Friday, 11 November 2011

68) Sky Arcs

    “Jim, hand me your phone.” I said.
    “Whu, what? Why?”
    “I gotta call my wife.”
    “Sure, but there’s no reception out here.”
    He fumbled in his backpack as I continued to stare at the sky. We had just crested a medium sized ridge and when we got out of the trees that thing was waiting for us up there. A huge curve of dark grey arced across the pale blue sky like a parody of a rainbow. The base of the structure was lost in early morning mountain mists, slowly turning the same color as the clouds before disappearing into the forest below. When the sun came a few hours later the nature of the structure was clearer, but in that moment it was simply an eery magical thing. That kind of thing that makes you want to call your wife and tell her you love her.
    I turned on the phone and waited for it to boot up.
    “What do you think it is?” Jim asked me.
    “Do those look like windows?”
    “Is it a building?”
    “Could be, I guess. It’s totally not on the map, I tell you that.” I laughed uncomfortably as I looked down at the phone, no bars, no connection. I turned off the phone and handed it back to him.
    “I told you, man.” Jim said snidely.
    “I just wanted to check.”
    Then the ground rumbled and knocked us off our feet. Jim slid in a patch of mud and tumbled down a few feet into a bush. Instinctively I reached out and grabbed a branch to keep from falling.
    I heard him moan from below and said, “You okay, man?!”
    He said something back, but I looked up and forgot about everything else. The arc had begun to come apart. Huge chunks were simply falling off. While keeping my eye on it I crouched and sorted through my backpack by feel, trying to find my binoculars and cursing my past self for not packing a camera.
    I could see Jim in my peripheral vision getting up and I was relieved, but I didn’t say anything. The sight of the crumbling mega structure held me. Petals of the material were peeling away and falling. It looked like a blooming rose crossed with an unwinding rope.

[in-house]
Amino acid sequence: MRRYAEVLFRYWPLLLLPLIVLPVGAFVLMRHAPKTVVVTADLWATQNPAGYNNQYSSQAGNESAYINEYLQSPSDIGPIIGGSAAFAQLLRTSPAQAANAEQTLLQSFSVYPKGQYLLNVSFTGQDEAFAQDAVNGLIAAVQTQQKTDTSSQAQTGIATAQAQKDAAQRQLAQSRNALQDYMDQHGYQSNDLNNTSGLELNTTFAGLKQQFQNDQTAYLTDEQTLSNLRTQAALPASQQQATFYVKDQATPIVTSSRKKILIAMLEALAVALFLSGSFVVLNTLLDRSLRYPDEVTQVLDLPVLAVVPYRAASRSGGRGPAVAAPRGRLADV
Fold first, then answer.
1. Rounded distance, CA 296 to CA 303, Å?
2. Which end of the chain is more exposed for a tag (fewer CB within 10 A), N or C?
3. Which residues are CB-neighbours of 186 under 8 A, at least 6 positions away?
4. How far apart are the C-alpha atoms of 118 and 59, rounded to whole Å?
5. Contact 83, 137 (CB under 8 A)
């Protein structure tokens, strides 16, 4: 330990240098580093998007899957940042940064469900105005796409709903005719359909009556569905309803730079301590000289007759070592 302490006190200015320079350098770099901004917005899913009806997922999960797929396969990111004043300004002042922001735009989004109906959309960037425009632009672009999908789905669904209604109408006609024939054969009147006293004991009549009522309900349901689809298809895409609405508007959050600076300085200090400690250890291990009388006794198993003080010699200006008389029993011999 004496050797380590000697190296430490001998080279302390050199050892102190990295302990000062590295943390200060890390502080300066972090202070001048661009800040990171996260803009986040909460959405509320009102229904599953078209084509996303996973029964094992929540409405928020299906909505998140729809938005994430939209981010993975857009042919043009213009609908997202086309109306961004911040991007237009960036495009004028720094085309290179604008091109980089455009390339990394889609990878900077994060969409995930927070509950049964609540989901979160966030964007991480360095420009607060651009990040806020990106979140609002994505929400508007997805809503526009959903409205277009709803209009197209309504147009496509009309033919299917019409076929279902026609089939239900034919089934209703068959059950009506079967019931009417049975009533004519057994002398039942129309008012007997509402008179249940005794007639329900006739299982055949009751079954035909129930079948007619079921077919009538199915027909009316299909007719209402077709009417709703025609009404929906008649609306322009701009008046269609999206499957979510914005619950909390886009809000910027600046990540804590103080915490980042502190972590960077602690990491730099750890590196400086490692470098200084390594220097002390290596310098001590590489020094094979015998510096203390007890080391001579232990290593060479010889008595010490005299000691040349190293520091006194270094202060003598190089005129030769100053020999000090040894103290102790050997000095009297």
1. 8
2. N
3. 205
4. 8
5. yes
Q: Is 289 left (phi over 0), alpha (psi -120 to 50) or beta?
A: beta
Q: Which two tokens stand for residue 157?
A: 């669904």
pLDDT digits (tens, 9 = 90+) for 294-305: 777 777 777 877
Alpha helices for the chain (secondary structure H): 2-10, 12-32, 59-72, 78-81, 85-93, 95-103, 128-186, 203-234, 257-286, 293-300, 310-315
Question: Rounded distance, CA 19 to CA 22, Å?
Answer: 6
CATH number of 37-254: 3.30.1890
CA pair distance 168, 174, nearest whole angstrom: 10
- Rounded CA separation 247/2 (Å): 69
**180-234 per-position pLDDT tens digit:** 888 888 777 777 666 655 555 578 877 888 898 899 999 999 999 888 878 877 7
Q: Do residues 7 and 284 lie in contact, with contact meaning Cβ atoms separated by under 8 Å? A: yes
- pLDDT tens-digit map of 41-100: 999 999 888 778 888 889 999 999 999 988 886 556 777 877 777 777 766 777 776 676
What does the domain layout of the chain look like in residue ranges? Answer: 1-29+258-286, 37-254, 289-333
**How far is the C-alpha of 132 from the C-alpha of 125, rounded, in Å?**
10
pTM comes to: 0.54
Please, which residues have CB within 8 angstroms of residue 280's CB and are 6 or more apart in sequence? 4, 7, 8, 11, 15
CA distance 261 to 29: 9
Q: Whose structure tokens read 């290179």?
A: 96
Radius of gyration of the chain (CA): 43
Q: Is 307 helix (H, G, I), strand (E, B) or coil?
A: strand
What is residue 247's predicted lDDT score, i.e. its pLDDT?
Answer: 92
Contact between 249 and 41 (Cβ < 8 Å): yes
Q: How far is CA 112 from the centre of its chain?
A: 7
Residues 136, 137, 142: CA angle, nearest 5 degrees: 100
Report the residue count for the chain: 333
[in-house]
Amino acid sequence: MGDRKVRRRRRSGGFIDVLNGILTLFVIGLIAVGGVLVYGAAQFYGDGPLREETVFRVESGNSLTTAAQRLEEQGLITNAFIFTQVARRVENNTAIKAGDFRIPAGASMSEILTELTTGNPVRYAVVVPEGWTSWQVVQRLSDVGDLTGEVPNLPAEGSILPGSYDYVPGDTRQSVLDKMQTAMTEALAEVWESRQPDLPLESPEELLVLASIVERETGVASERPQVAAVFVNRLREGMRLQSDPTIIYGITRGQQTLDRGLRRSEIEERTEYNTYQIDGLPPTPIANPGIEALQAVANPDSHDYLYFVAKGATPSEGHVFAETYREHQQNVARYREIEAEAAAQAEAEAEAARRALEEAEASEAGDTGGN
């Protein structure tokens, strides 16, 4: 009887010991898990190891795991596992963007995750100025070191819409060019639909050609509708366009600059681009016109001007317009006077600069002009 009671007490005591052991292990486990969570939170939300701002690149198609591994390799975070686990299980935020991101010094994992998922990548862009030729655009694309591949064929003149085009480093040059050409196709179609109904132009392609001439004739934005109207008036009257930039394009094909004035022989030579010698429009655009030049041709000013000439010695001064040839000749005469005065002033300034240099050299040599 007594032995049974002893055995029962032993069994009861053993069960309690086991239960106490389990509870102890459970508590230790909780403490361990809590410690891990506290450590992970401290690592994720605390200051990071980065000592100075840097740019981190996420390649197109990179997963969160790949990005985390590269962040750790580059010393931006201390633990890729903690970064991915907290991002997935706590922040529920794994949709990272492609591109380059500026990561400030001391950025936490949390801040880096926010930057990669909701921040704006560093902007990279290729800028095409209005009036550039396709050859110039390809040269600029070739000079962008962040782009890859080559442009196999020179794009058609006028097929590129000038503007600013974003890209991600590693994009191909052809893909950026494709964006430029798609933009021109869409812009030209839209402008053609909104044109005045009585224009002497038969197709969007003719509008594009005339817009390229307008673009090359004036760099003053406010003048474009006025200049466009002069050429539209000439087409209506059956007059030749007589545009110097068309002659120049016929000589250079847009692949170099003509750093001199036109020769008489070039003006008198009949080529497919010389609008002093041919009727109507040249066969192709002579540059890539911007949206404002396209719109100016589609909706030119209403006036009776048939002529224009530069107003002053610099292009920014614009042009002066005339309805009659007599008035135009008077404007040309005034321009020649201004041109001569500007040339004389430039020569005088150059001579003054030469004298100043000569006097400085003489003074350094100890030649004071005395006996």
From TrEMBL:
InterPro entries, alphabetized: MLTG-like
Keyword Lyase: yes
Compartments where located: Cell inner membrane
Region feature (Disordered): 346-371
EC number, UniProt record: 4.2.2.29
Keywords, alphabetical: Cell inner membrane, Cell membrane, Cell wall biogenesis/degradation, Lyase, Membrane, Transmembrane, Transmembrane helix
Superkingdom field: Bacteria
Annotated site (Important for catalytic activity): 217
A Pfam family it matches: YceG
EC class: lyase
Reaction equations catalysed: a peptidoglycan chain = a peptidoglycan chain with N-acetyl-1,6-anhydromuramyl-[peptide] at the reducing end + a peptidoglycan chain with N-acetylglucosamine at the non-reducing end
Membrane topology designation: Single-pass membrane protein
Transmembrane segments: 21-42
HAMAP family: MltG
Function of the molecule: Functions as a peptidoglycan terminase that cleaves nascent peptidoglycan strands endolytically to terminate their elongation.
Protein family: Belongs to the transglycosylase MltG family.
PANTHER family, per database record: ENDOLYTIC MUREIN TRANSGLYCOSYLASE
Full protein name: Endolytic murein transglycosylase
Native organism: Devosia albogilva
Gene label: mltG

Bingo! I found the binocs and whipped them up to my eyes. It was a building. I could see an internal structure to the petals, cables and thin sheets of material in layers. Then I saw the people falling out of it.
    “Oh shit, no way!” I shoved the binoculars into Jim’s hands. He took them without comment.
    I looked back at the area I had spotted the people falling out and they were still there, slowing falling in groups of hundreds, almost weightless and light and fluttering.
    “We have to go help them.” Jim said.
    “How? We’re not medics, hell I only have a dozen bandaids and some aspirin. How is that going to help? There must be hundreds if not thousands of people there.”
    “We can’t just sit here and do nothing.”
    We argued back and forth for a few minutes, but since we were headed out there anyways we decided to make the extra effort and try to help those people if we could.
    We stood to walk down the trail when another rumble shook the ground. This time I had nothing to hold on to and fell next to Jim in another bush.
    When we finally got up and out of the dirt the tragedy was gone. It was again a sane landscape. No more arc of a building dissolving and spilling out people, nothing but blue sky above and forest below.

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